Benghazi attack organized by local leader, not Al Qaeda: report

President Barack Obama listens to Colombian President Juan Manuel Santos during their meeting in the Oval Office of the White House in Washington, Tuesday, Dec. 3, 2013. The Obama administration has been phasing out U.S. security aid to Colombia in favor of economic development assistance and promotion of human rights, particularly in areas formerly controlled by rebel forces. (AP Photo/ Evan Vucci)

Evan Vucci/AP

President Obama ‘s administration initially cited local outrage over the film ‘Innocence of Muslims,’ which mocks the Prophet Muhammad, as the motivation for the attack on the U.S. Consulate in Benghazi, Libya, that killed four Americans, including Ambassador J. Christopher Stevens. The latest New York Times report supports that version of events.

The deadly attack on the U.S. Consulate in Benghazi last year was not orchestrated by Al Qaeda but rather by a local militia leader and other Libyans who were outraged by a video lampooning Islam, according to a new report.

An investigation by The New York Times, published Saturday, supported the initial version of events provided by the Obama administration immediately after the Sept. 11, 2012, attack — an account that spawned a vehement Republican cry that the President was trying to downplay the attack to protect his reelection bid.

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Administration officials initially cited local outrage over the film “Innocence of Muslims” — which mocks the Prophet Muhammad — as the motivation for the attack. Four Americans were slain, including Ambassador J. Christopher Stevens.

But, as GOP criticism mounted, the administration later said the film wasn’t a factor and that Al Qaeda was behind the bloodshed. The backtracking fueled Republican arguments that Obama made a political decision to downplay Al Qaeda’s involvement for fear that word of a terrorist strike on a diplomatic outpost could decide the close race with GOP nominee Mitt Romney.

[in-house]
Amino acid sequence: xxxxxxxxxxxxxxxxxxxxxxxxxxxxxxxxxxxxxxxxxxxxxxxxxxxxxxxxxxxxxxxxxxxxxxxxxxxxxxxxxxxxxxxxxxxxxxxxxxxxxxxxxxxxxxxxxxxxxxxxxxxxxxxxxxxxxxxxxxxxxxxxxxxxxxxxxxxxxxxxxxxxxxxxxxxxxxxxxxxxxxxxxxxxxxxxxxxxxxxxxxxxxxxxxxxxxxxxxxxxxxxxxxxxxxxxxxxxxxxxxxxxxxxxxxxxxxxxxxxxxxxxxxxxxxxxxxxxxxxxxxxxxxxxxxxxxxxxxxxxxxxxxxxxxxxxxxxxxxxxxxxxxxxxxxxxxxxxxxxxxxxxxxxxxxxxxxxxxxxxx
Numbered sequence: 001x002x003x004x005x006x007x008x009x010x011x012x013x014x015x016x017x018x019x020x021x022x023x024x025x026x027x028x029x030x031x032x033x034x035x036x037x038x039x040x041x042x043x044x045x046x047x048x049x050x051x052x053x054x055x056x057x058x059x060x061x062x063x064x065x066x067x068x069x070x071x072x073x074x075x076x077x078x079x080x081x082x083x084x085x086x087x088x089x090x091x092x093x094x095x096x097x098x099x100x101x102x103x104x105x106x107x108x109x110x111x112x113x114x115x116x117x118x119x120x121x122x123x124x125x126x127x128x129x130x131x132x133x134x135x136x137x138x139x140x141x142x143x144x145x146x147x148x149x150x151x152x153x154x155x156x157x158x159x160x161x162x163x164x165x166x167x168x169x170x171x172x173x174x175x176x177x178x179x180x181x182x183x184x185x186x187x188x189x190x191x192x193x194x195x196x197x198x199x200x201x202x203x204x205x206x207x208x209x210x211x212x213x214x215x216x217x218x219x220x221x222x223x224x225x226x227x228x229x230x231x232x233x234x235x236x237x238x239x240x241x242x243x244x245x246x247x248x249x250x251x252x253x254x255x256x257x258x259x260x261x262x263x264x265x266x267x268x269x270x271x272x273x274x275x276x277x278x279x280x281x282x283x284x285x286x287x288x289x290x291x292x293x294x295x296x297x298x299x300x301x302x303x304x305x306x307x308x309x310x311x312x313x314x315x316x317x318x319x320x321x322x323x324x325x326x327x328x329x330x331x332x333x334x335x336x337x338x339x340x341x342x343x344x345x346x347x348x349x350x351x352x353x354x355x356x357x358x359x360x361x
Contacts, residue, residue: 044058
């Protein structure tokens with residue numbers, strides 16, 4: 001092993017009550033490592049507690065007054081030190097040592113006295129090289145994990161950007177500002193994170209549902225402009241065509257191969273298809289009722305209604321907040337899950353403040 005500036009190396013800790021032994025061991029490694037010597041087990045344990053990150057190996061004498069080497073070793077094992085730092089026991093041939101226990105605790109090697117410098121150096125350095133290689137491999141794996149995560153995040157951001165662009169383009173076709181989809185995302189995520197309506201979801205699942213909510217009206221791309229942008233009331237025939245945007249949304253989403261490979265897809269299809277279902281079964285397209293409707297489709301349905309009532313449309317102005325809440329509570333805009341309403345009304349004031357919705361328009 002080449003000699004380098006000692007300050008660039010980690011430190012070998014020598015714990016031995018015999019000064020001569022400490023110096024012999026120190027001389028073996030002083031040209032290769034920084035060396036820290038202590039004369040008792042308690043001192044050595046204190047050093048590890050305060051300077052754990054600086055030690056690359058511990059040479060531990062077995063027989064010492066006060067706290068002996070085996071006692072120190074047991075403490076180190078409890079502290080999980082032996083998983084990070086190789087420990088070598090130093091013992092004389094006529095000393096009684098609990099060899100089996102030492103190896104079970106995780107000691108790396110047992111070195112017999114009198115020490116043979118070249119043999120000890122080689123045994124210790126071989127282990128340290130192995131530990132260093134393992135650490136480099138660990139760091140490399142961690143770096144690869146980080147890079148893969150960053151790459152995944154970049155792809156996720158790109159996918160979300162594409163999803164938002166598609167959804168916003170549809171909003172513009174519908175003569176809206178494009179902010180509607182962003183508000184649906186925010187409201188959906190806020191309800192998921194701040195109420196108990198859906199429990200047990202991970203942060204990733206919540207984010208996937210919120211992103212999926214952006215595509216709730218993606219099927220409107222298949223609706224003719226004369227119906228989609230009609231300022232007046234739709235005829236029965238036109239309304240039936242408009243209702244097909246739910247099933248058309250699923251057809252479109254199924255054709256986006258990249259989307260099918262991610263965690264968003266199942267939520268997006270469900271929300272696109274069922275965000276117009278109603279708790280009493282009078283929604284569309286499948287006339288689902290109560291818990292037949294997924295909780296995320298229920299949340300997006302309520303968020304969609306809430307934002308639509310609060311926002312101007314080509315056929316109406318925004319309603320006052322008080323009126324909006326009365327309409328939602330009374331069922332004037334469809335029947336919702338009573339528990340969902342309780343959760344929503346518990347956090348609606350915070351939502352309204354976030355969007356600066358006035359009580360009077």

A Libyan man investigates the inside of the U.S. Consulate on Sept. 13, 2012, after an attack that killed four Americans, including Ambassador Chris Stevens in Benghazi, Libya.

Mohammad Hannon/AP

A Libyan man investigates the inside of the U.S. Consulate on Sept. 13, 2012, after an attack that killed four Americans, including Ambassador Chris Stevens in Benghazi, Libya.

But now, the Times report lends credence to the administration’s initial version of events while also placing blame on the CIA and administration officials for being overly focused on Al Qaeda prior to the attack and naively believing that Libyan militias would become long-term American allies.

The paper described the prime suspect in the attack, Ahmed Abu Khattala, as an “erratic extremist” and militia leader with no known ties to Al Qaeda.

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But that didn’t mean Khattala wasn’t a threat. According to The Times, he made it clear that he regarded the U.S. as infidels whom he despised almost as much as his nemesis, Libyan leader Moammar Khadafy.

The U.S. Consulate in Benghazi is seen in flames during a protest by an armed group said to have been protesting a film, 'Innocence of Muslims,' being produced in the U.S. Sept. 11, 2012.

ESAM OMRAN AL-FETORI/REUTERS

The U.S. Consulate in Benghazi is seen in flames during a protest by an armed group said to have been protesting a film, ‘Innocence of Muslims,’ being produced in the U.S. Sept. 11, 2012.

And once Khdafy was toppled and slain by Libyans in 2011, Khattala — much like other Libyan militia leaders who benefited from U.S. aid — allegedly put Americans in his cross hairs.

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Still, the attack was not “meticulously planned” nor entirely spontaneous, according to the paper. Surveillance of the compound appeared to be underway 12 hours before the assault.

But once the assault began, people not involved in its planning, who were angered by “Innocence of Muslims,” joined in the mayhem, according to the paper.

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Rioters and looters not associated with any militia later tore the mission to shreds and set it ablaze.

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Nation / World – NY Daily News

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